NBFI’s: Non-Banking Financial Institutions.

DFI’s: Development Financial Institutions.

OMO: Open Market Operations i.e. buying and selling of government securities in the open market.

CDR: Credit Deposit Ratio

CEP: Chief Executive of Pakistan.

DCIT: Deputy Commissioner of Income Tax.



Time was one of the main constraint in doing this report. Although a proper in-depth analysis requires a time period of two to three months, this report was completed in a period of three to four weeks.


Another limitation was the confidentiality of certain written materials which would have supplemented our knowledge and understanding of the communication process. Access to analyze these documents was denied.



Standard Chartered Bank is one of the oldest functioning foreign banks in Pakistan. It started as an agency office in Karachi in 1863. At that time, it was known by the name of Chartered Bank of India Australia. In 1868, it closed down its operations. In 1906, Chartered Bank of India Australia in China opened a branch in Karachi which is still operating at I.I.Chundrigar Road, Karachi. In 1969, Standard Bank and Chartered Bank of India Australia merged their operations in Pakistan. At that time it was known as Chartered Bank. In 1985, it was renamed Standard Chartered Bank. Presently, it has four branches: two in Karachi, one in Lahore and one in Faisalabad. It currently has an approximate staff of 430 employees of which 300 work in the branches in Karachi.





Standard Chartered Bank has a relatively formal organizational structure, but great emphasis has been laid on teamwork during the past two to three years. This emphasis on teamwork has led to decentralization of communication and creation of an effective and efficient communication channels.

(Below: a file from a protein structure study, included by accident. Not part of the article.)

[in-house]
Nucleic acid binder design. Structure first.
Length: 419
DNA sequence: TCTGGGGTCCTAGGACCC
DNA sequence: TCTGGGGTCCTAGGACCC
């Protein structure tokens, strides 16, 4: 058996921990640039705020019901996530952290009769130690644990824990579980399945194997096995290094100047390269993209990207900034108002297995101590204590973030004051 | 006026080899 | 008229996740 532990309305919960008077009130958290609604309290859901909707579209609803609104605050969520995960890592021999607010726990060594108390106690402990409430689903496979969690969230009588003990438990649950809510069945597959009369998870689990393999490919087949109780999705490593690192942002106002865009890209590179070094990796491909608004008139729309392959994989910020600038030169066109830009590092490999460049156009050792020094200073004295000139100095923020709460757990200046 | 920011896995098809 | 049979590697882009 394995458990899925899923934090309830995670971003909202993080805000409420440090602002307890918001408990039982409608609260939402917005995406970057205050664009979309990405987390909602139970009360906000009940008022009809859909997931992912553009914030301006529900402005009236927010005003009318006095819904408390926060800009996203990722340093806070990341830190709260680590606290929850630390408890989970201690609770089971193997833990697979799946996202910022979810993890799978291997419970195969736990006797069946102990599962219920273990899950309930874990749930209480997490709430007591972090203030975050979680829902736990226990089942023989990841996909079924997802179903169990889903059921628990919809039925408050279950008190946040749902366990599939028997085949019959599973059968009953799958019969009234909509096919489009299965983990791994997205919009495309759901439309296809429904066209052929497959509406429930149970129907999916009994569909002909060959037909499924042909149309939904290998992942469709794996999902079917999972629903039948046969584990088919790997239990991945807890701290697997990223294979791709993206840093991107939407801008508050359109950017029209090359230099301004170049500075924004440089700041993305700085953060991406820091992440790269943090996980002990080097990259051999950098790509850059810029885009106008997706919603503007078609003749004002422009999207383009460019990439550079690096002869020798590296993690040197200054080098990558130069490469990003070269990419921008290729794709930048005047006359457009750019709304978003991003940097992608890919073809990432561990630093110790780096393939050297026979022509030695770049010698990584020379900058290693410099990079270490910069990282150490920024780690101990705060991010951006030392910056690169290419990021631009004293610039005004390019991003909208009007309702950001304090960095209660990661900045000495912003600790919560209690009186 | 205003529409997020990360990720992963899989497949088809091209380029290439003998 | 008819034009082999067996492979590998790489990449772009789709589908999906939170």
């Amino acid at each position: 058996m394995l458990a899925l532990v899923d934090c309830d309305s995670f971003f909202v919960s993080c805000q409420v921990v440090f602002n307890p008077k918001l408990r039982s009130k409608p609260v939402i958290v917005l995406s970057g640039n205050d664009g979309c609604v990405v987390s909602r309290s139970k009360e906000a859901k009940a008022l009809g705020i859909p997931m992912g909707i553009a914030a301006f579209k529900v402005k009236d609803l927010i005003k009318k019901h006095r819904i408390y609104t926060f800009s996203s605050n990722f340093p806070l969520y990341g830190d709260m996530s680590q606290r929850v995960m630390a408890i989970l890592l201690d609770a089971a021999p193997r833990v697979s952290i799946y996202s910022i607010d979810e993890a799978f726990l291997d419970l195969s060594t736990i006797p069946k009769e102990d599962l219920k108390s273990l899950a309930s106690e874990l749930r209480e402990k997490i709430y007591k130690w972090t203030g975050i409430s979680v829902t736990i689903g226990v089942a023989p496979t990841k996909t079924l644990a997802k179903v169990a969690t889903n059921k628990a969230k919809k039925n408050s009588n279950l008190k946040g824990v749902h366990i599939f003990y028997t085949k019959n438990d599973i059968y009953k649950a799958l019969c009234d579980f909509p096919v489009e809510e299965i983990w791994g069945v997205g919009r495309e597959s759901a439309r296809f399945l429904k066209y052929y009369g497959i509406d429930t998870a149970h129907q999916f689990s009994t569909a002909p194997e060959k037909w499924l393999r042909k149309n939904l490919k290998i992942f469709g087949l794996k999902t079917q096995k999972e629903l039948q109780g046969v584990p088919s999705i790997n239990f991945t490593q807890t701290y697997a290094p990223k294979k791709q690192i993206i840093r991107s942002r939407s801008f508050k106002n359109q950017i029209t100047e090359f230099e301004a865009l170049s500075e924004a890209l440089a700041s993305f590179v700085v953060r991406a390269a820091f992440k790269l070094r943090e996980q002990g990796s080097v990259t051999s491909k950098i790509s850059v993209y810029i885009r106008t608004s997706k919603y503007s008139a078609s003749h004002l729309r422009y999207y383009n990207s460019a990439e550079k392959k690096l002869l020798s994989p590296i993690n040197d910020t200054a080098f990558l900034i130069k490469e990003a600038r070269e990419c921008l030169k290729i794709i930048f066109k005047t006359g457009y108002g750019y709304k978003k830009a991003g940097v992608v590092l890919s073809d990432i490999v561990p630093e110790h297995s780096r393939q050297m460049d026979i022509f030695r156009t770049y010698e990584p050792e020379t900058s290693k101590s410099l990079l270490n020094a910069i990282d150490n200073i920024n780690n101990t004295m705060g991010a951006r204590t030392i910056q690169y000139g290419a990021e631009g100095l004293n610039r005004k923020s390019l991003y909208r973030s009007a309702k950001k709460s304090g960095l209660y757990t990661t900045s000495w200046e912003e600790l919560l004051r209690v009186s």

“Standard Chartered Bank has the competitive advantage against other banks because it has one of the most comprehensive communication network”, says Mirza Husnain Ali Baig– an officer of the Human Resource Division of the Bank. Standard Chartered Bank has invested a great deal on automation and almost seventy percent of their 430 employees are proficient in computers. Their electronic mail facility provides them with a very important channel for communication which does not require much documentation. As a lot of documentation is sometimes required, the bank also relies heavily on periodic reports and letters which are usually written on the bank’s letterhead.


Standard Chartered Bank’s involvement in many business activities has made it imperative for them to develop a good and understandable communication network, which not only motivates the employees but also results in total customer satisfaction.


“Our communication  network brings us the business and saves the company from any legal problem,” remarked Inshan Ali Nawaz- an Assistant Manager at the Trade Services, at one point in our discussion. The company undertakes training and development programs inside and outside the organization for the development of communication skills of its employees. The company also has some set of rules for communication, like all external communication to clientele should be initialed by a senior authority alongwith the responsible person. They also have a legal advisor who reviews all the legal documents before transmitting.


Standard Chartered Bank realizes that a vital means of attending successfully to the  matters of the bank concerns with providing high quality service to customers, and this  is through effective internal communication- downward, upward and horizontal.


The formal communication channel comprises of either of the two major channels mentioned below:

  • Internal communications.
  • External communications.



Internal communication at Standard Chartered Bank is equally addressed in all three direction i.e. upward, downward and horizontal. Equal emphasis is given do these three directions and they have even appointed a communication manager, although such designation still does not formally exist. This service function is headed by Ms. Tania Saeed. She is trying to streamline the whole communication network of the bank so that unnecessary and bulging paperwork is pruned off and wasted efforts and energies in such communication is kept to a minimum. The department  will start formally functioning in the near future .


We have analyzed the internal communication process at Standard charter bank with the help of Ms Tania Saeed . The analyses is as follows: